Talk:Malibu, CA Polystyrene

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Introduction
Expandable polystyrene products, when used for food service purposes, have a useful life that can be measured in minutes or hours, yet take several decades to hundreds of years to deteriorate in the environment of a landfill. There is currently no meaningful way to recycle expandable polystyrene food service products, due in part to contamination from food residue. Alternative products that are bio-degradable, less prone to wind and water transport, reusable and/or recyclable are readily available at a reasonable cost.

A member of the Malibu community requested that the Council adopt a ban against the use of polystyrene containers by take-out restaurants in an effort to reduce pollution of the City’s beaches. Based on the above justification, the City of Malibu moved into action to create an environment where you can Ride the Waves Without the Waste and implemented a ban on expanded polystyrene foam throughout the City.

In July 2004, the Council directed staff to research the legality and practicality of an ordinance prohibiting the use of expandable polystyrene at restaurants. City staff contacted representatives from Los Angles County Beaches and Harbors who indicated their support for a ban on expanded polystyrene. It was also determined that several Southern California cities, including the cities of Huntington Beach, San Clemente, Aliso Viejo, Laguna Hills and San Juan Capistrano, have adopted resolutions prohibiting the use of expandable polystyrene (commonly, and incorrectly, referred to by the trade name “Styrofoam”) food service products within City facilities and at City-sponsored events. Furthermore, in 1986, the City of Portland, Oregon, adopted an ordinance banning polystyrene foam food containers (Portland City Code Chapter 9.28). This ban is still in effect and continues to be successfully implemented and enforced.

Based on the foregoing information, as well as the Council’s desire to protect the environment and reduce litter on its beaches, on February 28, 2005, the City Council adopted Ordinance No. 276, which bans polystyrene food service products (intended to take effect on July 1, 2005).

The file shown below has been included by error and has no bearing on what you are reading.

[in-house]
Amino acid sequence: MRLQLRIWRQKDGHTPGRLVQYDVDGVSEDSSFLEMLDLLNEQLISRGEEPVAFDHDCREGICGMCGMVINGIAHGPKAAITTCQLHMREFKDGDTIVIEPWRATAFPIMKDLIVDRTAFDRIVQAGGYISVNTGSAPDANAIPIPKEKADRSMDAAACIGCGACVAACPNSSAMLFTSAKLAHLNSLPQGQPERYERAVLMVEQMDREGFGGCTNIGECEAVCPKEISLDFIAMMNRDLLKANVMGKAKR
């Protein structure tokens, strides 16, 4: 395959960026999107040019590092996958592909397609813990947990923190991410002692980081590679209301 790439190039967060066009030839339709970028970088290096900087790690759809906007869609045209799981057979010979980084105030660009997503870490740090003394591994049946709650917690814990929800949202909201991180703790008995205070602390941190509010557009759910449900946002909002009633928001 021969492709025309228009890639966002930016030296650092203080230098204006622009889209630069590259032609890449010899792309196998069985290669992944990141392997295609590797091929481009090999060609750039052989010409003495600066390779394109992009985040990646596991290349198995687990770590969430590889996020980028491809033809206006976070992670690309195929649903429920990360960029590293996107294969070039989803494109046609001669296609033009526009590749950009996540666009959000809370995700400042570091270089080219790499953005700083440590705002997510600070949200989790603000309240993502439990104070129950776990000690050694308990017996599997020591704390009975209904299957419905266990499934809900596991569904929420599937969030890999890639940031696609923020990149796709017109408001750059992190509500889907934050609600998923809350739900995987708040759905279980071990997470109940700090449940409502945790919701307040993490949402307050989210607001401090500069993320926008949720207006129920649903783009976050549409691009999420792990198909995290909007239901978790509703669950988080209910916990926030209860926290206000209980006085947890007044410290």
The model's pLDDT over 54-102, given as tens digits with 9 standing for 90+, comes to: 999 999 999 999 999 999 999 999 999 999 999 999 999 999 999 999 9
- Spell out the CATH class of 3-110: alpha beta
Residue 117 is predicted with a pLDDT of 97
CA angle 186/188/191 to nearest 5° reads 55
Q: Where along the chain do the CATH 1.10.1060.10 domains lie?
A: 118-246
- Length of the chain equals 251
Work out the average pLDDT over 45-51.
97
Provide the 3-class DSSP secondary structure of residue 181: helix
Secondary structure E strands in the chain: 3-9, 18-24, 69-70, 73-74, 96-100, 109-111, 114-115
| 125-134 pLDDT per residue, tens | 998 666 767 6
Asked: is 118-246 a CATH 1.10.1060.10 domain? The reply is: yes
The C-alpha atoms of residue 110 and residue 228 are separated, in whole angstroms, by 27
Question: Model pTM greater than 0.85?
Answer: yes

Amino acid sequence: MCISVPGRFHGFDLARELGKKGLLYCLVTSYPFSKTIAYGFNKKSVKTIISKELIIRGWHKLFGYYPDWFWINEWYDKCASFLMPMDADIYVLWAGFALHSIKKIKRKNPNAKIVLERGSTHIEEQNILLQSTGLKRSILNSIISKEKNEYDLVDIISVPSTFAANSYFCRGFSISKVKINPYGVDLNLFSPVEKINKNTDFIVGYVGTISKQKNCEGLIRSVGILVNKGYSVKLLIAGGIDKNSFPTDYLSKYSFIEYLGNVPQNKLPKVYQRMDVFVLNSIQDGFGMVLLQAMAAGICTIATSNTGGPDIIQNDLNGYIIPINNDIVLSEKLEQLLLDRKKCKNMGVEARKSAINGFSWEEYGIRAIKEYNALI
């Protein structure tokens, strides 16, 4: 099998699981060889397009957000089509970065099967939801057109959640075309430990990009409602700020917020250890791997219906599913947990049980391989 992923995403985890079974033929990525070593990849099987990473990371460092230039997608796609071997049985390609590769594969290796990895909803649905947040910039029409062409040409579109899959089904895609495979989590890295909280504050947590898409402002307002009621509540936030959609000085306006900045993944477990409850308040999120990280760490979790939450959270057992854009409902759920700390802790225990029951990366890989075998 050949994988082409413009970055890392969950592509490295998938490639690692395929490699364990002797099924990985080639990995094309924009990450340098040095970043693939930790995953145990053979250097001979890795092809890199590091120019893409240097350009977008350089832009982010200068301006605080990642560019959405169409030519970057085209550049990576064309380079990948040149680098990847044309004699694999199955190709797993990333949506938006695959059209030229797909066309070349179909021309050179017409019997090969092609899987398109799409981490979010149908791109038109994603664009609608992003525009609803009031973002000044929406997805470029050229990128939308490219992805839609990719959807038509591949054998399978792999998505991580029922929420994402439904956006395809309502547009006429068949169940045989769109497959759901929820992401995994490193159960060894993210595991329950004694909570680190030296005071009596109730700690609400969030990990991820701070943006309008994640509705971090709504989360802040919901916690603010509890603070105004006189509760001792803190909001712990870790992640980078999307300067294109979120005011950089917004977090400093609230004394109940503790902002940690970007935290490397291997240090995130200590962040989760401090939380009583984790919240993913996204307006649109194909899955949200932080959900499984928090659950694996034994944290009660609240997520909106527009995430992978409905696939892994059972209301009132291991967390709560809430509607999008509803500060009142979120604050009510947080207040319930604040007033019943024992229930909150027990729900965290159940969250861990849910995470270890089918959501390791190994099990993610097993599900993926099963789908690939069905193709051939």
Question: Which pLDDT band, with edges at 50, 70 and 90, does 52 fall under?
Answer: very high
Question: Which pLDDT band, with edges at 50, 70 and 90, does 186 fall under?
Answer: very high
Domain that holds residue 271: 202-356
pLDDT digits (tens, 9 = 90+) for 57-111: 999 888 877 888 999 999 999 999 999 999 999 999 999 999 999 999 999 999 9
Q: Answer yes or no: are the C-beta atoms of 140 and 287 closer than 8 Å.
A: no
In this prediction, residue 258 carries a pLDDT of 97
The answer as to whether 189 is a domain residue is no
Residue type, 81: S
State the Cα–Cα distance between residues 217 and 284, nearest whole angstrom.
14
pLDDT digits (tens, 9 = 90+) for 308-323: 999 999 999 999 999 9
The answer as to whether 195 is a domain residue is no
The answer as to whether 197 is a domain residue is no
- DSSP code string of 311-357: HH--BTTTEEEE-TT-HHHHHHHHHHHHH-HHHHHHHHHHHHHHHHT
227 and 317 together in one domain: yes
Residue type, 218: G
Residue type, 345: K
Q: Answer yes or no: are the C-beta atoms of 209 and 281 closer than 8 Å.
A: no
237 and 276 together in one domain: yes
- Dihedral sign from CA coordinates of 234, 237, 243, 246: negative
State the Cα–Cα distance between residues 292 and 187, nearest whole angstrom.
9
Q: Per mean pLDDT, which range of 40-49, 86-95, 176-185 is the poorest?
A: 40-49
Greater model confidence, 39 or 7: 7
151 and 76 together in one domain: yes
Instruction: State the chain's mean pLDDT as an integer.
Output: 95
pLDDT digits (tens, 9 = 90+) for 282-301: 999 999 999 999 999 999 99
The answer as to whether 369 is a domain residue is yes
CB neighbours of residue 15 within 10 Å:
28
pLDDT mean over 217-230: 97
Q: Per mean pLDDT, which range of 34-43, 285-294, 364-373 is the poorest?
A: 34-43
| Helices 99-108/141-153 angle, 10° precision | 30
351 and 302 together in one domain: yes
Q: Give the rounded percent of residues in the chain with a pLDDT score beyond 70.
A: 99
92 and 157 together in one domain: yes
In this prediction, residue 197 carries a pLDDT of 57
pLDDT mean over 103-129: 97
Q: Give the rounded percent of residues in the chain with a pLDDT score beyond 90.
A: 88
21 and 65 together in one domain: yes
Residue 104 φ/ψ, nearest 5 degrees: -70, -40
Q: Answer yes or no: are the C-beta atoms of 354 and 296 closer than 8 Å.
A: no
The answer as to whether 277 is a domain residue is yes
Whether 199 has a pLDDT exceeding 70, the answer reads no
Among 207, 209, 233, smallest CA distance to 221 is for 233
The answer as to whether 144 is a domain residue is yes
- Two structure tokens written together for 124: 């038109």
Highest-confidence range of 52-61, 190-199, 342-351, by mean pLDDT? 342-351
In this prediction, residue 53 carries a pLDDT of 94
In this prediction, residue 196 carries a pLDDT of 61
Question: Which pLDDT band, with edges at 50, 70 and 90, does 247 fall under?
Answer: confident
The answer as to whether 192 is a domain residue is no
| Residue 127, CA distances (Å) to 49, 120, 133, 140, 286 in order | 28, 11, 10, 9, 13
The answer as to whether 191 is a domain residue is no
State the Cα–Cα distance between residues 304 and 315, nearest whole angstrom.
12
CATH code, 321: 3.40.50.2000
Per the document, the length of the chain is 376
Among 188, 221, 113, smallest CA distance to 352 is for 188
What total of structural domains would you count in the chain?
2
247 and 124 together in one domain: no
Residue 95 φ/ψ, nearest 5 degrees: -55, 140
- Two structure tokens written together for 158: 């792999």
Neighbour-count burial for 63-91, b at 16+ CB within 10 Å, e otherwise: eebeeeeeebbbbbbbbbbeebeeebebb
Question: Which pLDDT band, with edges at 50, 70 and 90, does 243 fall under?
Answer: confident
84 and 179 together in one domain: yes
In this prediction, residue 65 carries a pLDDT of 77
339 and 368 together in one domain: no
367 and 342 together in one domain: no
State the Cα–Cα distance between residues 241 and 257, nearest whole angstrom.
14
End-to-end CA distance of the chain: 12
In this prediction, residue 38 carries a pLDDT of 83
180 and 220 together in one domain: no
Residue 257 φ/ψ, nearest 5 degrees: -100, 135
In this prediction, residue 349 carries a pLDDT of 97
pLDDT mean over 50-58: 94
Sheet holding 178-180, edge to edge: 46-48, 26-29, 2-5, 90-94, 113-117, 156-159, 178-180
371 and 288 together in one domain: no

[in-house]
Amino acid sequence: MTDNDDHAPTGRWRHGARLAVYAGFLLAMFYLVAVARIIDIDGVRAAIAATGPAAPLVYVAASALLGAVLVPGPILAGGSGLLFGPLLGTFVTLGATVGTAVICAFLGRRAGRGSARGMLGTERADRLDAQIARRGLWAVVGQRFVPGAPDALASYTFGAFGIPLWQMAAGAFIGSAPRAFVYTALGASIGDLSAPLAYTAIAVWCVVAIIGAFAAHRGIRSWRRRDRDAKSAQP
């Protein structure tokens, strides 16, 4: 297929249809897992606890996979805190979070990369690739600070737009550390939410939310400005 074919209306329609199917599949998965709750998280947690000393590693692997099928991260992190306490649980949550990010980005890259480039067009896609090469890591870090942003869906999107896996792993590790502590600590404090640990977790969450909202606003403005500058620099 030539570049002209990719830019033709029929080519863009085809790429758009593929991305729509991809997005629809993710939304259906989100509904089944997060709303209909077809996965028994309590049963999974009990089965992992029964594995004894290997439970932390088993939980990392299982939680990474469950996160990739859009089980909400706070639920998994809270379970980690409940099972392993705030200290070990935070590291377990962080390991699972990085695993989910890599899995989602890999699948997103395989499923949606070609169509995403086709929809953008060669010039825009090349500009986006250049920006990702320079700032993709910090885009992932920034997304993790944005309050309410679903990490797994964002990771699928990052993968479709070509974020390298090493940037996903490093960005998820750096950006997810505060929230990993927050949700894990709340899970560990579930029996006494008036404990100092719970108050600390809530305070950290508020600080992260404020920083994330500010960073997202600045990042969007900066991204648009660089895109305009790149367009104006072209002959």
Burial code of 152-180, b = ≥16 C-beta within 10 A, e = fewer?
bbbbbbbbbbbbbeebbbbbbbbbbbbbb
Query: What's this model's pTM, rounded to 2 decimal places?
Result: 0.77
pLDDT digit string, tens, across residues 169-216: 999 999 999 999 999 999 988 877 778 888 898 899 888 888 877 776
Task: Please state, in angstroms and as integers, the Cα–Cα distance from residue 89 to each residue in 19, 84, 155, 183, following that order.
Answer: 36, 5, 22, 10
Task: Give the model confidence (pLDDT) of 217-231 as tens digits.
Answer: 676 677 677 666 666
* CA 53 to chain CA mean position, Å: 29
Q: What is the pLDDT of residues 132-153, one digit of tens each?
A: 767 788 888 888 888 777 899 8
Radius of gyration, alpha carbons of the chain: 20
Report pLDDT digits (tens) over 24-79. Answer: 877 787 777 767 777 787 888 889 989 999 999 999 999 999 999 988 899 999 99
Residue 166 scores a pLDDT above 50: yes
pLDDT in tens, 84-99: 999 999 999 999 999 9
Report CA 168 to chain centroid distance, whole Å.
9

Since that time, the ordinance has been refined to clarify its applicability. This was necessary due to the fact that this was new territory for a city. On May 13, 2005, prior to Ordinance No. 276 actually taking effect, the Council reconsidered Ordinance No. 276 based on input from the business community and directed staff to bring back amendments to limit the ban to expandable polystyrene foam. Ordinance No. 286, limiting the ban to expanded polystyrene, rather than all polystyrene, was presented to the Council on June 27, 2005. When the ordinance was presented to the Council for second reading, the Council directed staff to further amend the ordinance so that the sale of multiple unit packages of expanded polystyrene intended for personal use was not affected and to add a provision prohibiting the use of expanded polystyrene foam within City facilities and at City-sponsored events.

Ride the Waves Without the Waste
On July 25, 2005, the City Council introduced Ordinance No. 286 on first reading and scheduled second reading and adoption for the August 8, 2005 Regular City Council meeting. The lesson learned from this experience was that when a brand new policy is being considered, a process of refining the law will be a necessity.

Madelyn Glickfeld, visiting lecturer at UCLA’s Institute on the Environment, in conjunction with the Southern California Coastal Water Resource Project (also known as SCCWRP) and Heal the Bay, is working on a plan to conduct a two to three year study to monitor any changes in the amount of polystyrene trash on beaches in Malibu that might be attributable to the enforcement of the ban on expanded polystyrene in Malibu. The objective will be to develop a study design that includes a set of beach sampling sites, a sampling methodology and time schedule for taking baseline and subsequent monitoring samples. SCCWRP has published peer-reviewed studies of plastic waste on beaches in Newport Beach and Redondo Beach. Heal the Bay has agreed to provide volunteers through its extensive volunteer program and assist in the design of the sample locations and monitoring protocol. Ms. Glickfeld is working with both organizations to help design the study, and with the City to monitor enforcement and compliance of the ordinance. She is also hopeful that faculty from the Institute of the Environment can identify funding to understand the role of ocean currents in depositing plastics already in the ocean back onto beaches in the area, as well as watershed contributions, but no commitments of time or funding have been made as of this time.

City staff has been informed that the Los Angeles County Department of Beaches and Harbors is already spreading the word of the ban on polystyrene and is prepared to enforce compliance. Purchasing agents for local businesses have started buying only paper cups.

Adoption of City of Malibu Ordinance No. 286 banning expanded polystyrene food packing is one example of Malibu’s dedication to protecting the beach environment and a step toward preventing debris from entering the local waterways and becoming part of the ocean marine debris problem.

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